As Secretary of State Antony J. Blinken sat down with Prime Minister Benjamin Netanyahu of Israel this week, American and Arab officials were expressing cautious optimism over the latest proposal from Hamas for a cease-fire in the Gaza Strip.
But just hours after speaking to Mr. Blinken, Mr. Netanyahu appeared more intent on delivering a fiery message aimed at his domestic audience. Instead of appearing side by side at a news conference with the secretary of state after they met on Wednesday — as is customary on such trips — the Israeli leader pre-empted him. Meeting on his own with reporters, he denounced the very proposal the Americans saw as a potential opening to a negotiated solution.
“Surrender to the ludicrous demands of Hamas — which we’ve just heard — won’t lead to the liberation of the hostages, and it will only invite another massacre,” Mr. Netanyahu said. Shortly after that, Mr. Blinken delivered his own, much more measured, assessment of the Hamas offer at a news conference in Jerusalem, saying that while it had “clear nonstarters,” it also left space for an agreement to be reached.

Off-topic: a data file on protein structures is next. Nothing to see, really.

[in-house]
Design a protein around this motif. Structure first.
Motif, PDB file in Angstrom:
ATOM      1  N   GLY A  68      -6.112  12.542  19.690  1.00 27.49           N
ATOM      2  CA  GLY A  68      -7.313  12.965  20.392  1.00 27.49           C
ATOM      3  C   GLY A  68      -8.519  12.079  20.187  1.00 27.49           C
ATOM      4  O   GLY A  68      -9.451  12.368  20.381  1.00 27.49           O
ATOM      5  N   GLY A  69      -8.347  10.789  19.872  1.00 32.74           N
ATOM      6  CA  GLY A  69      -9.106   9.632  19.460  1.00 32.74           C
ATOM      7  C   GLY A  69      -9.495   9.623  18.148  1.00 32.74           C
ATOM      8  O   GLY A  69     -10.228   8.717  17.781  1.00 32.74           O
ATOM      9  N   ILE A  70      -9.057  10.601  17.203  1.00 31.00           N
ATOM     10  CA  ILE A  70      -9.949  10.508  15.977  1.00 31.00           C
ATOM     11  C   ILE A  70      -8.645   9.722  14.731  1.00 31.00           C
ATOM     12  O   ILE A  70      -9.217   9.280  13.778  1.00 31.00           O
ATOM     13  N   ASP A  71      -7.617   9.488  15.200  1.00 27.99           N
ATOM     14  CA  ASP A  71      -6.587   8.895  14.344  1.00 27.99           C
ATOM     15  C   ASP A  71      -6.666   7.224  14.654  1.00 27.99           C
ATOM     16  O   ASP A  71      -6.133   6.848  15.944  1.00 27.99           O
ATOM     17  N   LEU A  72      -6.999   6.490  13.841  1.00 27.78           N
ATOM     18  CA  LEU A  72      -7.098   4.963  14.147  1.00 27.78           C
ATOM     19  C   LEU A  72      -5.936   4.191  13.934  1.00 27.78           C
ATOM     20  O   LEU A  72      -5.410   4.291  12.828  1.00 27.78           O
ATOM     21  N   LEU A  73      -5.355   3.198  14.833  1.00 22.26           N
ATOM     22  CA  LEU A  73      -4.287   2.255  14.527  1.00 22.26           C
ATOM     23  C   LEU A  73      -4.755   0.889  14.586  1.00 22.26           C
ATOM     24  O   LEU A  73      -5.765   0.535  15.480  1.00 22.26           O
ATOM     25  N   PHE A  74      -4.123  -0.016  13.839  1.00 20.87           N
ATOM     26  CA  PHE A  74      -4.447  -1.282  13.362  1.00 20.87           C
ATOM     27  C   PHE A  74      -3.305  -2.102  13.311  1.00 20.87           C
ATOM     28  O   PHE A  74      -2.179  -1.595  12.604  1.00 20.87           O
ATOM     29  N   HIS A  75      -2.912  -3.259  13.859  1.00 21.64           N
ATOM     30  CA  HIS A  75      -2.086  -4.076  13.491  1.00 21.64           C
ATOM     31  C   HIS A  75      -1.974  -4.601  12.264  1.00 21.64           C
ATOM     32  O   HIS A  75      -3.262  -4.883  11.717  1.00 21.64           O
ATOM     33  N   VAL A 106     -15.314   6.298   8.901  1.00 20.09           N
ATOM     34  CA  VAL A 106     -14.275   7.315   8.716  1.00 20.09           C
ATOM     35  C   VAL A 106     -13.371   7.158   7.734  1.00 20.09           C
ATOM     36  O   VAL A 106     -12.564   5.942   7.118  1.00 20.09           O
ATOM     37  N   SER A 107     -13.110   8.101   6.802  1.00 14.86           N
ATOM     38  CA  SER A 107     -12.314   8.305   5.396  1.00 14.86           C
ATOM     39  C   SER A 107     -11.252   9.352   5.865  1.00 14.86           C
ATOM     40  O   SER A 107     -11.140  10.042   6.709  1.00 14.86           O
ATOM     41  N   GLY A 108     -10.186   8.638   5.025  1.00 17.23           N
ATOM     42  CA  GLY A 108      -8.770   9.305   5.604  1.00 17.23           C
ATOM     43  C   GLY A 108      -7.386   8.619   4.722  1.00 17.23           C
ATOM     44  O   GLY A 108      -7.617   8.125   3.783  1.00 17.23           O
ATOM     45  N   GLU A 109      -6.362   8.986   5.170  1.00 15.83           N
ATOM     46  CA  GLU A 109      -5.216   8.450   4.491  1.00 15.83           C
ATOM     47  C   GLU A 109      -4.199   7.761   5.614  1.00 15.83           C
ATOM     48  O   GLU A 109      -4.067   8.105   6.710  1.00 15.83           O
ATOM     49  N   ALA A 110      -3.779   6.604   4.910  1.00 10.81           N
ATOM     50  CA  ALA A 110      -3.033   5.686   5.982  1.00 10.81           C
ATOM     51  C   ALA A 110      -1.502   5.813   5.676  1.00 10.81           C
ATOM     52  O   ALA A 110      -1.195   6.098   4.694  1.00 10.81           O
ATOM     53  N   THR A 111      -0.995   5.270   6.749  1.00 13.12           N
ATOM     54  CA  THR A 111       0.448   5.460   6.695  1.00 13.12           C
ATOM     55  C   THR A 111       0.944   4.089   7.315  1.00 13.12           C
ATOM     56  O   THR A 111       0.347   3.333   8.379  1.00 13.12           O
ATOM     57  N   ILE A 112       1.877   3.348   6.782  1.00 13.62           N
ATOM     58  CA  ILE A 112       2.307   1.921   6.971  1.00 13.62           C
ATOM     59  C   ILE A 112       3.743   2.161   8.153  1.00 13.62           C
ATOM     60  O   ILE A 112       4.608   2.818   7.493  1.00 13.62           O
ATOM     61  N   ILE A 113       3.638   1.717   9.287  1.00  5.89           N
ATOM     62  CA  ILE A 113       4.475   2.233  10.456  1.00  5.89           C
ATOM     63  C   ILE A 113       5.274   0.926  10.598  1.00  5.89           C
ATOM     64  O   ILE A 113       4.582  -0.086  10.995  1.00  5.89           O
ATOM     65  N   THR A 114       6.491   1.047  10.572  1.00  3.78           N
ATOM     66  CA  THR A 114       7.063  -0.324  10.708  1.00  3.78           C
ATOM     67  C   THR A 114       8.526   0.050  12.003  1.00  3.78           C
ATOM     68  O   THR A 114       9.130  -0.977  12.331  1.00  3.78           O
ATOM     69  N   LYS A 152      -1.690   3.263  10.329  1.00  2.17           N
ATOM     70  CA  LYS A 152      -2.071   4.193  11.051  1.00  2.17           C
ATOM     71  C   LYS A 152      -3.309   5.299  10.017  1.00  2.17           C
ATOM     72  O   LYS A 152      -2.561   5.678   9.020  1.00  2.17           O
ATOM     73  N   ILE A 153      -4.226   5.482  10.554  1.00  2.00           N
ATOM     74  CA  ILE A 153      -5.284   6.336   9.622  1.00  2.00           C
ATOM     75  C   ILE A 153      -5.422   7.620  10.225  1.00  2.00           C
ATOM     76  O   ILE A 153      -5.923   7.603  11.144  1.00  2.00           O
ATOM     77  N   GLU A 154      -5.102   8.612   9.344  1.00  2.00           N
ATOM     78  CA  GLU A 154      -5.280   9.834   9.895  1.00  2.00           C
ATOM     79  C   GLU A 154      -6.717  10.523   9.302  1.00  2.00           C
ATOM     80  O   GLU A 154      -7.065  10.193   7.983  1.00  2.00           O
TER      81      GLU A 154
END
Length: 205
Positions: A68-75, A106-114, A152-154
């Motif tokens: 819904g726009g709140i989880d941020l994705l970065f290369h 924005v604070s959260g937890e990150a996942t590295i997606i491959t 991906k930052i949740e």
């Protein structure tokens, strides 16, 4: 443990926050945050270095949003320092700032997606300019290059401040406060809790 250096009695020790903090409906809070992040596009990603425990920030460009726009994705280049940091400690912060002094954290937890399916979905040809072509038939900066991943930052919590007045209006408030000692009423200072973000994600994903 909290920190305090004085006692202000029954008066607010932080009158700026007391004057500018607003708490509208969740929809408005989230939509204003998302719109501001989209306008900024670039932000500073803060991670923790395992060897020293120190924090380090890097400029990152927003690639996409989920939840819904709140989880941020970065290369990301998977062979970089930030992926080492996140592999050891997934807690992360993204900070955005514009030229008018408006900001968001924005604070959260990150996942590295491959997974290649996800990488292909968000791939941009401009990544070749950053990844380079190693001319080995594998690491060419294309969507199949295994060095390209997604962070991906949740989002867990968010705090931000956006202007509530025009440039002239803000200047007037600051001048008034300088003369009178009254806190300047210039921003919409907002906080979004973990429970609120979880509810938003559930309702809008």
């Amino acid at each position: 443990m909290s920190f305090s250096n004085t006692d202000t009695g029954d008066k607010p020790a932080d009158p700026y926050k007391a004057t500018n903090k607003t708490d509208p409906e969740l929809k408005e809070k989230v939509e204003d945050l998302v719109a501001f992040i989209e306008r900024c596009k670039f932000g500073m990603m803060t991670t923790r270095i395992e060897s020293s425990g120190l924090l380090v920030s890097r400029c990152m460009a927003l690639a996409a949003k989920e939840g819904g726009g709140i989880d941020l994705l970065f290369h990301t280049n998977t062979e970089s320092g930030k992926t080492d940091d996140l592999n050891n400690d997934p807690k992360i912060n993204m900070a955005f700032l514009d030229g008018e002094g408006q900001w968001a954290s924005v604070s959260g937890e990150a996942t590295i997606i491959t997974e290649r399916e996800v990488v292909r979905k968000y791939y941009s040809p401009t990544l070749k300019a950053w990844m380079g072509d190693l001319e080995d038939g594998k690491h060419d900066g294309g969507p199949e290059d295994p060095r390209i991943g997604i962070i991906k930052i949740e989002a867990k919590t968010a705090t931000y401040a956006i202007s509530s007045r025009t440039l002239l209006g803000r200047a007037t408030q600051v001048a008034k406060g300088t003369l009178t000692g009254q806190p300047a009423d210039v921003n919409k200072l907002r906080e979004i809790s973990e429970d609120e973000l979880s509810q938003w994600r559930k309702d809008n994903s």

On Thursday, as Mr. Blinken ended his fifth visit to the Middle East in the four months since the war in Gaza began, it was clear that relations between the Biden administration and Mr. Netanyahu have become increasingly fraught. That raised questions about how drawn out the process might be to reach an agreement to end the conflict.
Mr. Blinken has been trying to secure a cease-fire in Gaza, a release of Israeli hostages held by Hamas and, eventually, a broader peace process for the region. But one stumbling block during his visit seemed to be the considerable domestic political pressures facing the Israeli prime minister.
Thank you for your patience while we verify access. If you are in Reader mode please exit and log into your Times account, or subscribe for all of The Times.
Thank you for your patience while we verify access.
Already a subscriber? Log in.
Want all of The Times? Subscribe.